posted by kliuless on Apr 18, 2016 - 233 comments

"The judgment is affirmed by an equally divided Court."

In only the second case decided since the recent death of Justice Scalia, the United States Supreme Court today reached a decision [PDF] in the case of Friedrichs v. California Teachers Association, deadlocking in a four-to-four tie that upholds an earlier circuit court ruling finding agency fees for non-union teachers to be constitutional, but that sets no precedent for future cases. [more inside]
posted by cjelli on Mar 29, 2016 - 51 comments

Why it's getting harder to prosecute white collar crime.

"They also don’t really have the will. They’re really nervous about it, very trepidatious." Jesse Eisinger outlines why we're seeing fewer successful actions against corporate and white collar misdoings in the United States.
Highlighted is the Thompson memo of 2003. [more inside]
posted by doctornemo on Mar 24, 2016 - 27 comments

"A Discrimination Omnibus" in NC: LGBT rights, bathrooms, and more!

The North Carolina General Assembly held a special session today to limit the power of municipalities. House Bill 2 would eliminate every non-discrimination ordinance in North Carolina, including a recent decision in Charlotte to uphold individuals' freedom to use public restrooms according to their gender identity. [more inside]
posted by witchen on Mar 23, 2016 - 183 comments

"All agencies should adopt a presumption in favor of disclosure"

How the Obama Administration Killed FOIA Reform
posted by jeffburdges on Mar 10, 2016 - 7 comments

The List

When juveniles are found guilty of sexual misconduct, the sex-offender registry can be a life sentence.--Longform by Sarah Stillman in the New Yorker.
posted by MoonOrb on Mar 7, 2016 - 21 comments

Dawn Porter's Trapped documentary opens today

Dawn Porter's Trapped documentary about the effect of Targeted Regulation of Abortion Providers (TRAP) laws opens in NYC, LA and DC today, more theaters around the US next week. [more inside]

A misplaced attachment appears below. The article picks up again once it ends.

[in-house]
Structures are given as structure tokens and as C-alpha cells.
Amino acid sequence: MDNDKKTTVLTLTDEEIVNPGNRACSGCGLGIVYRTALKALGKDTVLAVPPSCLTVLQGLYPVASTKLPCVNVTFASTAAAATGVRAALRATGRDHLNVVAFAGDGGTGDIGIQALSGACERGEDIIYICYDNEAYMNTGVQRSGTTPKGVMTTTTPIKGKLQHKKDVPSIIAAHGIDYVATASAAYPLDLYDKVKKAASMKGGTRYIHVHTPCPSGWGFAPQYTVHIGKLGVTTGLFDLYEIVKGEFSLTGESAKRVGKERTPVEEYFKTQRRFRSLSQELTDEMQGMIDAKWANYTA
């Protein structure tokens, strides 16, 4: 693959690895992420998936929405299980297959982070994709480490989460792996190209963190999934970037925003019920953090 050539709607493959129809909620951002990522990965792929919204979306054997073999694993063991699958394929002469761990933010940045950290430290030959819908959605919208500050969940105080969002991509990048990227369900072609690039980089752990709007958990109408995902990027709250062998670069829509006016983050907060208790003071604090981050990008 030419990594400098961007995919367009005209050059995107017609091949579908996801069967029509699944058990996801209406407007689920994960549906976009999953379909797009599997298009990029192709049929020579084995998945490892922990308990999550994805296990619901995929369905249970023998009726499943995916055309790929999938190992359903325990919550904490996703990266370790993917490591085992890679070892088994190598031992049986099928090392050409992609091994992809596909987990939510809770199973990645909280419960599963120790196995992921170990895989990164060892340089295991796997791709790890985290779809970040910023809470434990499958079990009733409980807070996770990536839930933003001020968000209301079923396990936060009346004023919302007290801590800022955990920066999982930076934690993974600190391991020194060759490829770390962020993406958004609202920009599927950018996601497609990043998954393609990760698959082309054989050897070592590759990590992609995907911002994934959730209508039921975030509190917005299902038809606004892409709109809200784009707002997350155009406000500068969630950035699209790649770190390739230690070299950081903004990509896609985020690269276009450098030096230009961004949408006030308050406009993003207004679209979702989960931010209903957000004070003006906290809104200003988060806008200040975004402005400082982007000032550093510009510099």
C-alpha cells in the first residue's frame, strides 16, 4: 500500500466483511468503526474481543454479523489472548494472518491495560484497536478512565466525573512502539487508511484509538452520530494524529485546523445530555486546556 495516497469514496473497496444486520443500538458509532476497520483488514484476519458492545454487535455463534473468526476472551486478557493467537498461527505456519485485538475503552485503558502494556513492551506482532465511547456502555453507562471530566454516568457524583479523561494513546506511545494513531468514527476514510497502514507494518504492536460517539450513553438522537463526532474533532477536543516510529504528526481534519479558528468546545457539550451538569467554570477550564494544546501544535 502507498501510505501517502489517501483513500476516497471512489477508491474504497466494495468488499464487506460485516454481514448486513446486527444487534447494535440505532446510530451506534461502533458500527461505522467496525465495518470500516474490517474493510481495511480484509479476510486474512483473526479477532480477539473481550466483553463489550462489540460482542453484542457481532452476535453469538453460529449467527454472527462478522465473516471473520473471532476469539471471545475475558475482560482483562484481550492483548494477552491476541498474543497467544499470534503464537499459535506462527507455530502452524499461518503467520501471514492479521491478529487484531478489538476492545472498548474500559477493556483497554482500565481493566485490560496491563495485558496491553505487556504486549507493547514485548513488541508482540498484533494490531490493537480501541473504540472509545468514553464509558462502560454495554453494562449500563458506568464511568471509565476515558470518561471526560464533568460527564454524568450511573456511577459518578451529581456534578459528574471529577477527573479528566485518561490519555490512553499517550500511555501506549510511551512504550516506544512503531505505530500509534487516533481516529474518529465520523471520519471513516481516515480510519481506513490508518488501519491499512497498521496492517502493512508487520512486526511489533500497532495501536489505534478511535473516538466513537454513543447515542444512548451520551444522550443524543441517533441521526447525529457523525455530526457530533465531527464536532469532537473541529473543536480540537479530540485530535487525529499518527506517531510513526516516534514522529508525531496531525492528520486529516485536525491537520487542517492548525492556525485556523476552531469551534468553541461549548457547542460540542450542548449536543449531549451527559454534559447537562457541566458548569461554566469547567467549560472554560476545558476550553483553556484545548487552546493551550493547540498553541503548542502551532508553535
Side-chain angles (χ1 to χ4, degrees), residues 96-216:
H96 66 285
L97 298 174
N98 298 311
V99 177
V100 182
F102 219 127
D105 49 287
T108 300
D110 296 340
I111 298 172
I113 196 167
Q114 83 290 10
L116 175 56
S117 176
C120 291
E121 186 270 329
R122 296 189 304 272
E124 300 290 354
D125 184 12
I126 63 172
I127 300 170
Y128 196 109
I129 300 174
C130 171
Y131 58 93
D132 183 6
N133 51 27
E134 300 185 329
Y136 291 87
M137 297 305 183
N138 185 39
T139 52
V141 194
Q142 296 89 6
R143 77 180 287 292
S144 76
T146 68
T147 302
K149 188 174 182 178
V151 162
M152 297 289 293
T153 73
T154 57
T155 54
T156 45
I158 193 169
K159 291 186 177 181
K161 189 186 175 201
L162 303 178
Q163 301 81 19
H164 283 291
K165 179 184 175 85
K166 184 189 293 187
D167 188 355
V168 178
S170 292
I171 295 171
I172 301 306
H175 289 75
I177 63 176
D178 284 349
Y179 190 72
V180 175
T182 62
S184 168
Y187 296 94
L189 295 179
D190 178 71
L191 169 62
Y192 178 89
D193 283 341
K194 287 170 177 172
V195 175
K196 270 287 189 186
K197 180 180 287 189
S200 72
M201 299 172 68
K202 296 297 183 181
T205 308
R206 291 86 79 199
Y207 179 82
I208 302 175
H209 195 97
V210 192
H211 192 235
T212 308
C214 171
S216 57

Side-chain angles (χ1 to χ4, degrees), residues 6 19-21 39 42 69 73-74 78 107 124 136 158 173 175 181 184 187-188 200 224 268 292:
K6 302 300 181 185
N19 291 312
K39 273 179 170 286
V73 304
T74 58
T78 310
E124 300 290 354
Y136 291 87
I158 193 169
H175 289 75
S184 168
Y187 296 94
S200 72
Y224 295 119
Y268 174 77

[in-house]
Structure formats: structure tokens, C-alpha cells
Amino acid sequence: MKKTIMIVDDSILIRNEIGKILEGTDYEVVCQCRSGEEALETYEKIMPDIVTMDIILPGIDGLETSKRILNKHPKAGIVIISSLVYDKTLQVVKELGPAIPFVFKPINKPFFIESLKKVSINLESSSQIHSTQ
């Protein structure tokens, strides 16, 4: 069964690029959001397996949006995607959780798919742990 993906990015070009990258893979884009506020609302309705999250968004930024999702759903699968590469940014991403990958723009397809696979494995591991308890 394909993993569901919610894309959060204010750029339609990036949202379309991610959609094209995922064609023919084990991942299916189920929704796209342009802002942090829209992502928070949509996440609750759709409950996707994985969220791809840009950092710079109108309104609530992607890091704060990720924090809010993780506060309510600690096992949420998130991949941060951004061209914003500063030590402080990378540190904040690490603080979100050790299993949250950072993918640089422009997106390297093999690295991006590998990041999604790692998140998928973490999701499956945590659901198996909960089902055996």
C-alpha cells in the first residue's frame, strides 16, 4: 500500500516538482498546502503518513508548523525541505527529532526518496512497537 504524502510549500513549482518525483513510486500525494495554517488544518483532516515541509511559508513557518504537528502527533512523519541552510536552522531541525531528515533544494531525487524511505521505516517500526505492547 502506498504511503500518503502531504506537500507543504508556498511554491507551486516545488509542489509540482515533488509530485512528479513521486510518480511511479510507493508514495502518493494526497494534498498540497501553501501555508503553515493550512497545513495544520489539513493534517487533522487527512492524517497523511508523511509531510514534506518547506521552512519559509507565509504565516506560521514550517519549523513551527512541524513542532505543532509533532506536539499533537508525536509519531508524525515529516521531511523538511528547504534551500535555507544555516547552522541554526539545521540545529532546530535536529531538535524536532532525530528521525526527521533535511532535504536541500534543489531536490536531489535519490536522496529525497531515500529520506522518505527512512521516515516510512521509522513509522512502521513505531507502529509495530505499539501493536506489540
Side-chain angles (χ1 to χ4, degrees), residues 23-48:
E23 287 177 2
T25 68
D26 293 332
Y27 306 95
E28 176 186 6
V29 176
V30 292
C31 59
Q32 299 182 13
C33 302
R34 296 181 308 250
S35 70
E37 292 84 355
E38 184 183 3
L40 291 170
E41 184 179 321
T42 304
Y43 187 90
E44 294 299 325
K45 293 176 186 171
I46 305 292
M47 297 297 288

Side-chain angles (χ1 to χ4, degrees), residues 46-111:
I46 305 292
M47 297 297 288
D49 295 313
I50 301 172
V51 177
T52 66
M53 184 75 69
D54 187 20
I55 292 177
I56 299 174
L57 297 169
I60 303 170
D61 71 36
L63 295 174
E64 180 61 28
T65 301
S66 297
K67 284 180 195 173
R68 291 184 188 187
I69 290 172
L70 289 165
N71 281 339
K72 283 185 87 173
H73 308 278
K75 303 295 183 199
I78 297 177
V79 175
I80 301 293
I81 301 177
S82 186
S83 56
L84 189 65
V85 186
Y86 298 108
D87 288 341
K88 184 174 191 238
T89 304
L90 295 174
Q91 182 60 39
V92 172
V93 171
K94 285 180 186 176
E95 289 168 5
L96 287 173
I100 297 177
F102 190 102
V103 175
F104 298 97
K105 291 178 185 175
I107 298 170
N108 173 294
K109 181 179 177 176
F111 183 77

posted by morganw on Mar 4, 2016 - 7 comments

Golden Mountain Dim Sum

How U.S. Immigration Law Fueled A Chinese Restaurant Boom
posted by infini on Feb 28, 2016 - 11 comments

Cumulative and Compounding Opportunity Costs

How do you quantify the effects of things that don't happen to you? "The whole point of living in a culture is that much of the labor of perception and judgment is done for you, spread through media, and absorbed through an imperceptible process that has no single author." (previously; via)
posted by kliuless on Feb 27, 2016 - 2 comments

Is a Surrogate a Mother?

A battle over triplets raises difficult questions about the ethics of the surrogacy industry and the meaning of parenthood. (slSlate)
posted by crazy with stars on Feb 17, 2016 - 18 comments

as government-funded science dwindles

Meet the "rented white coats" who defend toxic chemicals: How corporate-funded research corrupts America's courts and regulatory agencies. [more inside]
posted by Rustic Etruscan on Feb 8, 2016 - 18 comments

How can everything have changed and nothing change at all?

A Colleague Drank My Breast Milk And Other Wall Street Tales I kept the conversation light. I shared a funny story about my first day on Wall Street, when I opened up a pizza box to find condoms instead of pepperoni slices. Unwrapped. I was “the new girl,” and the guys just wanted to see me blush. I did blush, and I lived. “It’s not that bad anymore,” I said with a laugh. [more inside]
posted by triggerfinger on Feb 3, 2016 - 41 comments

The "Guilty Mind" principle eliminates a lot of "crimes"

Everyone commits crimes. There are so many laws out there making what's relatively banal behavior criminal if looked at in that light. Apparently a longstanding legal principle tho has been the idea of a "guilty mind," which has gotten somewhat lost recently. The idea is that if you can't write a law where it's possible for a person to commit a crime without meaning to commit a crime. More in the link.
posted by BradyDale on Jan 30, 2016 - 43 comments

(non)Marriage Equality

Couple to begin court fight against ban on heterosexual civil partnerships Rebecca Steinfeld and Charles Keidan, who describe themselves as feminists and reject marriage as a “patriarchal” institution, will pursue their claim against the government’s equalities office on Tuesday. The case is being brought on the grounds that the refusal to allow them to participate in a civil partnership amounts to discrimination, breaching their right to family life under article 8 of the European convention on human rights. [more inside]
posted by modernnomad on Jan 21, 2016 - 35 comments